3 Things to do now to Reduce Risk of Embezzlement

Having a bookkeeper to manage the books for your small business is a great thing. It frees you to focus on your business. However, just because you have someone handling the books for you doesn’t mean that you shouldn’t be involved. 

Bookkeepers can and do embezzle money from their employers. Too often embezzlement happens because the small business owner doesn’t have proper checks and balances (in accounting parlance: internal controls).

Here are three simple things you can do to reduce the risk of embezzlement:

Segregate the bookkeeping / accounting duties

Just because you have an in-house bookkeeper, doesn’t mean that you, the small business owner, is relieved of your accounting duties. Proper internal controls help reduce the risk of embezzlement. One aspect of internal controls requires a segregation of duties between incompatible bookkeeping/accounting functions. 

For example, having the bookkeeper generating sales invoices, recording the receipt of customer checks and reconciling the bank statements are incompatible accounting functions. These tasks put the bookkeeper in the position to steal customer checks and conceal the wrongdoing through the bank reconciliations. 

Typically you want to segregate duties that have the following components:

  1. Authorization
  2. Recording
  3. Reconciliation
  4. Monitoring

Most small businesses don’t have multiple accounting personnel to implement proper segregation of duties. One simple tactic is to review the bookkeeper’s work on the monthly bank reconciliations. (I know, you hired an in-house bookkeeper, so you don’t have to do this stuff — maybe hiring an in-house bookkeeper is not such a great idea.)

In reviewing the monthly bank reconciliation, start at a high level (e.g. consider totals only and ask whether amounts look “reasonable”) and drill into the details only when something doesn’t seem right.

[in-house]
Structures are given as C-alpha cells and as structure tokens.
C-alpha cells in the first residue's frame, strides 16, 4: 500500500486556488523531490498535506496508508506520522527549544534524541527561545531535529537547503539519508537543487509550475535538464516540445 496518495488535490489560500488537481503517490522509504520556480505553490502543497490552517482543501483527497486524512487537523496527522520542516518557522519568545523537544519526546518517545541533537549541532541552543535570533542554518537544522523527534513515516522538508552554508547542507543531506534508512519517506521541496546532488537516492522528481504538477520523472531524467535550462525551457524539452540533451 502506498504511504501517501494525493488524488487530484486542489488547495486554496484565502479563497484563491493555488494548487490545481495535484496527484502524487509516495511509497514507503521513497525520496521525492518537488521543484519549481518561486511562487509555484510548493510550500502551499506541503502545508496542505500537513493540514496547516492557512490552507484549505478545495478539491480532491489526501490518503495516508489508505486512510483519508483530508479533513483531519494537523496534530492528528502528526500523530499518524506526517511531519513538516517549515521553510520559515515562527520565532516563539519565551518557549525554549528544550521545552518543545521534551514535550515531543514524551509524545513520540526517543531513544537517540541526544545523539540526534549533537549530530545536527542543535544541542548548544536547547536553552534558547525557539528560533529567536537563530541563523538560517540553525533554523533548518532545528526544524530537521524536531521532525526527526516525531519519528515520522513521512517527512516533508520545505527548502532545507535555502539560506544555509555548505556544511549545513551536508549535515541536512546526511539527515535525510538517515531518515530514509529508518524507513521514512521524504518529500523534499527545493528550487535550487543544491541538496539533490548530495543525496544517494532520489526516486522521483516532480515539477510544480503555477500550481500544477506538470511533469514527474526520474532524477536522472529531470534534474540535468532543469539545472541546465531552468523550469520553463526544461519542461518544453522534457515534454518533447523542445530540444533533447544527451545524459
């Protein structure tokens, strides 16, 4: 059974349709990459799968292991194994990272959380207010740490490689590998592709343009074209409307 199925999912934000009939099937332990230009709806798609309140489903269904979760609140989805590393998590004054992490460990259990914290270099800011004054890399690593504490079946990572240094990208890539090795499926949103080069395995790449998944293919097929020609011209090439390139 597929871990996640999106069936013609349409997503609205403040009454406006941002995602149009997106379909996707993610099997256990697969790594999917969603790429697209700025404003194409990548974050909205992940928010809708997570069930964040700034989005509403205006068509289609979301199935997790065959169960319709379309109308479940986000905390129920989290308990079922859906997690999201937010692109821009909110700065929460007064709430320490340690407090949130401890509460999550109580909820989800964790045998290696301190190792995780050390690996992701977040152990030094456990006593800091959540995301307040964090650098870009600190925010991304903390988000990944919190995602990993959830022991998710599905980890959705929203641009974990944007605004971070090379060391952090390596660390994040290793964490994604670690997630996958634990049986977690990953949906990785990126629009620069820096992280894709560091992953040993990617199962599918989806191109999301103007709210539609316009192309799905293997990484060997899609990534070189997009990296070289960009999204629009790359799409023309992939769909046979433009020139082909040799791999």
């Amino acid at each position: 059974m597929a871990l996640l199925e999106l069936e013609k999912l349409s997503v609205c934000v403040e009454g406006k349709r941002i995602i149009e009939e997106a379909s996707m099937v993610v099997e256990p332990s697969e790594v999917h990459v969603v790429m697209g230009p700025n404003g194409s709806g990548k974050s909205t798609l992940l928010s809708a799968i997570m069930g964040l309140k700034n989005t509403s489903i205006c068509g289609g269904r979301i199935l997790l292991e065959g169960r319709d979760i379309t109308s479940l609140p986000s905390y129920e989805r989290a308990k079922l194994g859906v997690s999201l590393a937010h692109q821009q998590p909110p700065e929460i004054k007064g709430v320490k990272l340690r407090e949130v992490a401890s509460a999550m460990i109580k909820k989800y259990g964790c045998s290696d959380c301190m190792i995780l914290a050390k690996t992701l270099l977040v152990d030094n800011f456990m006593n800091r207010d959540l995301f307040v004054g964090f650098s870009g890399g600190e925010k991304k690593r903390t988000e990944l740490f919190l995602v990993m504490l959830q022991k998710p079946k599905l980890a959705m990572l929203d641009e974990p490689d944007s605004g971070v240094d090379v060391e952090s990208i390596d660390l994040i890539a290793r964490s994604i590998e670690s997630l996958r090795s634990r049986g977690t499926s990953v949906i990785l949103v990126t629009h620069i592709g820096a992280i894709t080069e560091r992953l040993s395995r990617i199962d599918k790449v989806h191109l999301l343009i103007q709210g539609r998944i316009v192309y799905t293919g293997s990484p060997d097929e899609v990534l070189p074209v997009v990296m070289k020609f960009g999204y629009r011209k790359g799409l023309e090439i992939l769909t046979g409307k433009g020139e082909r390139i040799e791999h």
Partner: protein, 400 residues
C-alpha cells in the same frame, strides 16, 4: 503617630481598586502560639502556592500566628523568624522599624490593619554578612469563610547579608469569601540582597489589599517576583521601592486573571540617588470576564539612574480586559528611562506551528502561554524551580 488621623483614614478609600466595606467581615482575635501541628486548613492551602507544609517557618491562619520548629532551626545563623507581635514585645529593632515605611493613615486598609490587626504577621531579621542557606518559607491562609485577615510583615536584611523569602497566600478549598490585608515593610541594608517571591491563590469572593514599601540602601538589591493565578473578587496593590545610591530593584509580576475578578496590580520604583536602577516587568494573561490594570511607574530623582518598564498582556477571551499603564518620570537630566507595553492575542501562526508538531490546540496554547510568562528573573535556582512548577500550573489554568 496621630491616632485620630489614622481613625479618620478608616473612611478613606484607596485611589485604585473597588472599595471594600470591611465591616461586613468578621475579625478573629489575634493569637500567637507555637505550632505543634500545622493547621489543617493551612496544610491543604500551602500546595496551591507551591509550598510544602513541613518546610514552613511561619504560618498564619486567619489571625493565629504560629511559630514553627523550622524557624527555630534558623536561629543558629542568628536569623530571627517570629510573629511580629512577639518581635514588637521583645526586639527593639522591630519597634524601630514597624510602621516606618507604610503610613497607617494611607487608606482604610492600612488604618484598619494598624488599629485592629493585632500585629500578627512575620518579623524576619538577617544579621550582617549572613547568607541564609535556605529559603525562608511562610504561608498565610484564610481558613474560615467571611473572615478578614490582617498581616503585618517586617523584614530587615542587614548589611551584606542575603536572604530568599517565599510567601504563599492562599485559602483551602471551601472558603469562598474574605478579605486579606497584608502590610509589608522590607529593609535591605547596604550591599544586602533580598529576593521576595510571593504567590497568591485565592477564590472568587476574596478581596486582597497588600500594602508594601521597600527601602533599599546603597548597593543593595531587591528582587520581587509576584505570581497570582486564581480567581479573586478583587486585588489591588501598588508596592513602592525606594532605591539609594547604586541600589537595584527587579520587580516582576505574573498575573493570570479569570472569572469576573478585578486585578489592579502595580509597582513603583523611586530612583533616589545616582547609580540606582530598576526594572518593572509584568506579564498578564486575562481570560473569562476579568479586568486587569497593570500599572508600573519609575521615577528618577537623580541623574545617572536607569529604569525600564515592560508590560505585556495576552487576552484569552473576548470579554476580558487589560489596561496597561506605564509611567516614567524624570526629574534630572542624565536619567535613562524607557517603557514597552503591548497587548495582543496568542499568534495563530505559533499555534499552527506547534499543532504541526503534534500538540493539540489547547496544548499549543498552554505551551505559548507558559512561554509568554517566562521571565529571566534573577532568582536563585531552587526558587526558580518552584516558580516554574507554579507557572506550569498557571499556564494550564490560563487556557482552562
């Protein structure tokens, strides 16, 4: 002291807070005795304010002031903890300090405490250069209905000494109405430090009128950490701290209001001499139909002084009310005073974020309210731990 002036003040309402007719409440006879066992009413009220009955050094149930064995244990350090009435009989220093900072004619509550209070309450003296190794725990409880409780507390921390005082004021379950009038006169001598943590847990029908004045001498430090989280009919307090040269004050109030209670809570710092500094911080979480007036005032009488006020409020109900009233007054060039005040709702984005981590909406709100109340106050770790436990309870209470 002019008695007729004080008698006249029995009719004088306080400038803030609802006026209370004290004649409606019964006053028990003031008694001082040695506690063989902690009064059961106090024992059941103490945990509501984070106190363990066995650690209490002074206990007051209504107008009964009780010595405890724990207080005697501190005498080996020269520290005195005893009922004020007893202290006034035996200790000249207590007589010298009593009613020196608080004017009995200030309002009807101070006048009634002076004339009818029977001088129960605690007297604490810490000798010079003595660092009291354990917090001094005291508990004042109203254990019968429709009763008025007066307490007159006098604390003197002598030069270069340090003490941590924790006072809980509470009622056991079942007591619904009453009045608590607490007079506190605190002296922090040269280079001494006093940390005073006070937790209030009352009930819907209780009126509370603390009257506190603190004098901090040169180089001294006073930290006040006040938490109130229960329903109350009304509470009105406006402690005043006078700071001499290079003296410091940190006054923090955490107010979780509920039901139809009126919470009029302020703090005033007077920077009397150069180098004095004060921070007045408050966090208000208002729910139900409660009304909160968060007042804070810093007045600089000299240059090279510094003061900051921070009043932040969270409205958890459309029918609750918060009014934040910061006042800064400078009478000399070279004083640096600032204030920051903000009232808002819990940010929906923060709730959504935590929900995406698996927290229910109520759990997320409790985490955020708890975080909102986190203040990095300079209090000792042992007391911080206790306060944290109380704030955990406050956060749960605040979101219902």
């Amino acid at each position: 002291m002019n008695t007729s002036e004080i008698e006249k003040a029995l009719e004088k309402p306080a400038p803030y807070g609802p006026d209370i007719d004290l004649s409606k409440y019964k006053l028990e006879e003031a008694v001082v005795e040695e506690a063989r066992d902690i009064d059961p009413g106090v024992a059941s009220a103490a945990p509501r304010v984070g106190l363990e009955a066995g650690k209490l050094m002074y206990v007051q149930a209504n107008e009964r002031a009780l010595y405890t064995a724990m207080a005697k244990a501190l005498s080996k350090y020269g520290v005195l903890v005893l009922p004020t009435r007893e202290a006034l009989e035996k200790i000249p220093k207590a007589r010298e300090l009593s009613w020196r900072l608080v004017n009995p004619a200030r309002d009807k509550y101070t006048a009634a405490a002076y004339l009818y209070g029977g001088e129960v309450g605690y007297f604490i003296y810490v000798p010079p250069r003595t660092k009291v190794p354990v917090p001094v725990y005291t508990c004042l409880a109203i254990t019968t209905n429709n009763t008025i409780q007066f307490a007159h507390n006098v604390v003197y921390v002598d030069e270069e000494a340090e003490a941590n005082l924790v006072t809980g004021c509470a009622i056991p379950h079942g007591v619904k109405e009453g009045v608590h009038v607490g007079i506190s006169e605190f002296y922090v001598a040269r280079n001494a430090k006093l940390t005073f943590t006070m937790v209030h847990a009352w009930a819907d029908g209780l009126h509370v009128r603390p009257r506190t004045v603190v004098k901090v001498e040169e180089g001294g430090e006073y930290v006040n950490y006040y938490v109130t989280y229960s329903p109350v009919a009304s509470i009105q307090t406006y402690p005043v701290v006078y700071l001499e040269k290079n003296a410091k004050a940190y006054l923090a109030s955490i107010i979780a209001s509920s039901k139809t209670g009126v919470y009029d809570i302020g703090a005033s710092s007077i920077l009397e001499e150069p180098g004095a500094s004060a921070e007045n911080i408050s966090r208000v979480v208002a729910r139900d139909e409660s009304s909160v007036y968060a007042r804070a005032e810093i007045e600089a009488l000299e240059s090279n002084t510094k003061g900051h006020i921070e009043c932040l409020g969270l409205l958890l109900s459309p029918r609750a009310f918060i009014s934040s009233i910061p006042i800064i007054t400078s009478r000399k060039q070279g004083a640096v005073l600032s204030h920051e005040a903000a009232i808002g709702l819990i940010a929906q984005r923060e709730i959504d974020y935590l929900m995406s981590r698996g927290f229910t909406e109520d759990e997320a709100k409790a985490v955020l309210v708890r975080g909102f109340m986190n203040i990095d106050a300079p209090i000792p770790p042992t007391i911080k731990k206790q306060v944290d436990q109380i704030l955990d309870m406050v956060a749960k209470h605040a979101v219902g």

1. Are total deposits reported in the bank statement matching up total checks received from customers?
  2. Are total disbursement reported on the bank statements matching up with total checks written during the month?
  3. Are there any outstanding checks that have been outstanding for more than one month? Vendors don’t typically hold on to checks for very long before depositing them.
  4. Are there any deposits in transit that are older than one week? You should be depositing customer checks daily. 

It’s normal to have timing differences between when the bank statement and your accounting records. The key is not knowing what “normal” is.

Make the bookkeeper take vacations

Regardless of how many people are working in your accounting department, it's essential that everyone at some point during the year takes a vacation. Requiring employees that work with sensitive materials take a vacation, will allow issues to surface to the top. These issues may or may not be intentional, but the fill-in person will be able to bring these issues to your attention allowing you to deal with the situation before your regular bookkeeper comes back.

Leveraging Outsourcing

One of the most effective ways to limit your risk of embezzlement is to look towards an outsourced provider for your accounting and bookkeeping needs. Working with an experienced outsourced accounting firm can eliminate the risk associated with a lack of internal controls and ensures that every transaction is reviewed multiple times for accuracy.

Here, at Basis 365, our staff possess years of accounting and bookkeeping experience, which will allow them to raise a flag and follow up on irregularities as soon as they arise.  

After you've considered all your options, take a look at what we have to offer, and contact our expert team for a consultation.

Photo by Alice Pasqual on Unsplash